StopRSE has been contacted by numerous families distraught at the harmful effects that RSE teaching is having on their children.

Schools have a duty to keep children safe NOT harm them. If your child has become distressed or traumatised as a result of RSE content and teaching, then it becomes a safeguarding issue and must be raised with the school. Your child must also be provided with the proper support to help them process the trauma.


What should I do at school?

Make an appointment to meet and discuss the issue with the headteacher – explain what has happened and if possible provide details of the content/teaching that caused your child the distress and describe how it has affected your child. Ask how the school will resolve this issue and how they propose to support your child.

If you do not receive a satisfactory response then you will need to make a formal complaint. Schools will have a complaints procedure that you can request details on and then follow.

In extreme cases you may need to seek legal advice and support.


How do I help my child?

Depending on the level of distress caused to your child, you may need to seek professional psychological advice and support. You can make an appointment with your GP to discuss and ask to be referred to CAMHS (child and adolescent mental health service).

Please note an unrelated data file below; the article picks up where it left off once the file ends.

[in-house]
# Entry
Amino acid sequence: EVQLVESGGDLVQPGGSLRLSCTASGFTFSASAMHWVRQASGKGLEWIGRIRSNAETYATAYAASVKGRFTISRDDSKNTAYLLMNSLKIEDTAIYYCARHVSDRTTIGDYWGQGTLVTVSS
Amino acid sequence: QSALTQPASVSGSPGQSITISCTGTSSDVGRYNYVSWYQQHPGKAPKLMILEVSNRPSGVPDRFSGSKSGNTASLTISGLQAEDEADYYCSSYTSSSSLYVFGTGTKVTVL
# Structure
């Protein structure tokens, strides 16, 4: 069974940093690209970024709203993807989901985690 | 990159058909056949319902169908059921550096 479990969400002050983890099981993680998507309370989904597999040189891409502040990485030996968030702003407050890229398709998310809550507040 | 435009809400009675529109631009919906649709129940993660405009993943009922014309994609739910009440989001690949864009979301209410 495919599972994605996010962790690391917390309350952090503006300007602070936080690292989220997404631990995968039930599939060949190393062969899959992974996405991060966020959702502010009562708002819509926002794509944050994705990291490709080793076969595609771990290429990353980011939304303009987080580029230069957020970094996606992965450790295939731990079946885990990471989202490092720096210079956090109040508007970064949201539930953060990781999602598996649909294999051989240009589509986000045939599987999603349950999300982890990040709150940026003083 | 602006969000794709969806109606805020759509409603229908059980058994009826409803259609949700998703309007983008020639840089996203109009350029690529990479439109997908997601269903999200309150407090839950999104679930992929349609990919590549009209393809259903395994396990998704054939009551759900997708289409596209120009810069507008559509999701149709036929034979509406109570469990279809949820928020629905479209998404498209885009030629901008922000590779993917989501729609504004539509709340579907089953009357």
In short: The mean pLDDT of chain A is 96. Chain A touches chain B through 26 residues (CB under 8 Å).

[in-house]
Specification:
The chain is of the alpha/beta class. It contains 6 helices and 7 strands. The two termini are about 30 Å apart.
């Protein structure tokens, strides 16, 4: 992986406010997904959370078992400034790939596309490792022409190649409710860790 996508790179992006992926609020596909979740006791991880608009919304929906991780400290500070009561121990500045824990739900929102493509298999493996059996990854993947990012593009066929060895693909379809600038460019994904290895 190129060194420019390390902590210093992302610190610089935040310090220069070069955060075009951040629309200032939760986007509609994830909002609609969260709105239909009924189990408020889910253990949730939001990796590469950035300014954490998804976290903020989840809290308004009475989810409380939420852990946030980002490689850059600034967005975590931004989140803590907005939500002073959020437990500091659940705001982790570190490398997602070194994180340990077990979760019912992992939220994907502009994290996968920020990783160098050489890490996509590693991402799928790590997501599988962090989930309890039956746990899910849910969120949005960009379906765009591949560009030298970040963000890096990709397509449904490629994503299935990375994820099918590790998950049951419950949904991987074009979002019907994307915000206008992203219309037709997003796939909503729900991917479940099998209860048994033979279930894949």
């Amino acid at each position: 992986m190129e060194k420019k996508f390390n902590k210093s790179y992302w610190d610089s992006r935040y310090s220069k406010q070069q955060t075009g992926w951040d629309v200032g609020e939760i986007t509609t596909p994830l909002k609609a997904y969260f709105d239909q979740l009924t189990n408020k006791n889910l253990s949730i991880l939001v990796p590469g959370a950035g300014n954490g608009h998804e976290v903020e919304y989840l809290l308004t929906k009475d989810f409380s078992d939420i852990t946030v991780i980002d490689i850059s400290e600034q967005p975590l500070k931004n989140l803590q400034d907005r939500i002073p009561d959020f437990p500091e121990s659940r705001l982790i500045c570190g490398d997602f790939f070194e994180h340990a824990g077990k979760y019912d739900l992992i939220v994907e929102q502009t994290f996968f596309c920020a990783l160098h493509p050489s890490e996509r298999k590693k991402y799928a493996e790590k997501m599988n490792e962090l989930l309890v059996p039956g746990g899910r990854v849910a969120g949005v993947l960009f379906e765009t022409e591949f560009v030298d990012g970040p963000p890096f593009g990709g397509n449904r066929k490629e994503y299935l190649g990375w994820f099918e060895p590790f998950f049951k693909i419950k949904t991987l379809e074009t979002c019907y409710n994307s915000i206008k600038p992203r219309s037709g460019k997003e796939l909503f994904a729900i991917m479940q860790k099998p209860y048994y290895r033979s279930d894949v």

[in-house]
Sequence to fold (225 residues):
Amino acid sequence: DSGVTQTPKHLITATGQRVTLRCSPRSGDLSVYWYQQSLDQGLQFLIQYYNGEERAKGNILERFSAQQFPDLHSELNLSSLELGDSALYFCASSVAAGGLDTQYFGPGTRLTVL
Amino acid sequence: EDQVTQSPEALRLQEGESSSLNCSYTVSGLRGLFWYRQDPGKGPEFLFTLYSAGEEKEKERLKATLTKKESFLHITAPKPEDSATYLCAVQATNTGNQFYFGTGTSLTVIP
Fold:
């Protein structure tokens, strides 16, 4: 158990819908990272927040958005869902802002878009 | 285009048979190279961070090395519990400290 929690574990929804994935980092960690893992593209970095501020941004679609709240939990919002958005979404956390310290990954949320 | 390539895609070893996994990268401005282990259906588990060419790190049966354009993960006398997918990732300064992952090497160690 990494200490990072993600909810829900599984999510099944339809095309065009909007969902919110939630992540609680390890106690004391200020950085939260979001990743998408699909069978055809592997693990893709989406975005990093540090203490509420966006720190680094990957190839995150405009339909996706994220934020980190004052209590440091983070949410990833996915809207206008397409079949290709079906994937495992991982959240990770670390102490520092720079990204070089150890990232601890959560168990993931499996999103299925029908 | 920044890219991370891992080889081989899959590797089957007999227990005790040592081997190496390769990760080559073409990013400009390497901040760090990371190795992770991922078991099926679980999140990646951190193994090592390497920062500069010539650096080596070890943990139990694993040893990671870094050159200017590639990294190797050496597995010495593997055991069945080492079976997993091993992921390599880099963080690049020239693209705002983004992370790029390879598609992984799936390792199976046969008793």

Your child may well benefit from some counselling sessions to help them process the trauma – this can be accessed through the NHS but often schools or local charities may provide counselling services also.


How can I support my child at home?

In some cases you may realise your child is distressed because they come and tell you …. in such instances praise your child for coming to you and acknowledge how difficult and upsetting this is for them. Listen to what they have to say without being judgemental. Try and stay calm yourself and talk through with them what they would like from you and what you will do next.

Not all children will be able (or want) to articulate what they are feeling. It is important that you look out for signs that something is wrong such as your child crying more than usual; uncharacteristically not wanting to go to school; sudden bedwetting; nightmares; becoming withdrawn or seeming not their usual self. Such behaviours could indicate a variety of underlying problems so it is important to uncover what the actual cause is.

Activities such as going for walk; cooking; arts & crafts which you do alongside your child may help them begin to open up and express what is wrong. You could also speak to the teacher at school to find out more information i.e. did they have a lesson on RSE that week or is your child being bullied? Parents/carers also need to stay informed as to what their child is learning in RSE and when these lessons will take place – this will enable you to monitor your child’s mood and behaviour and whether is is being adversely affected by RSE lessons as as result.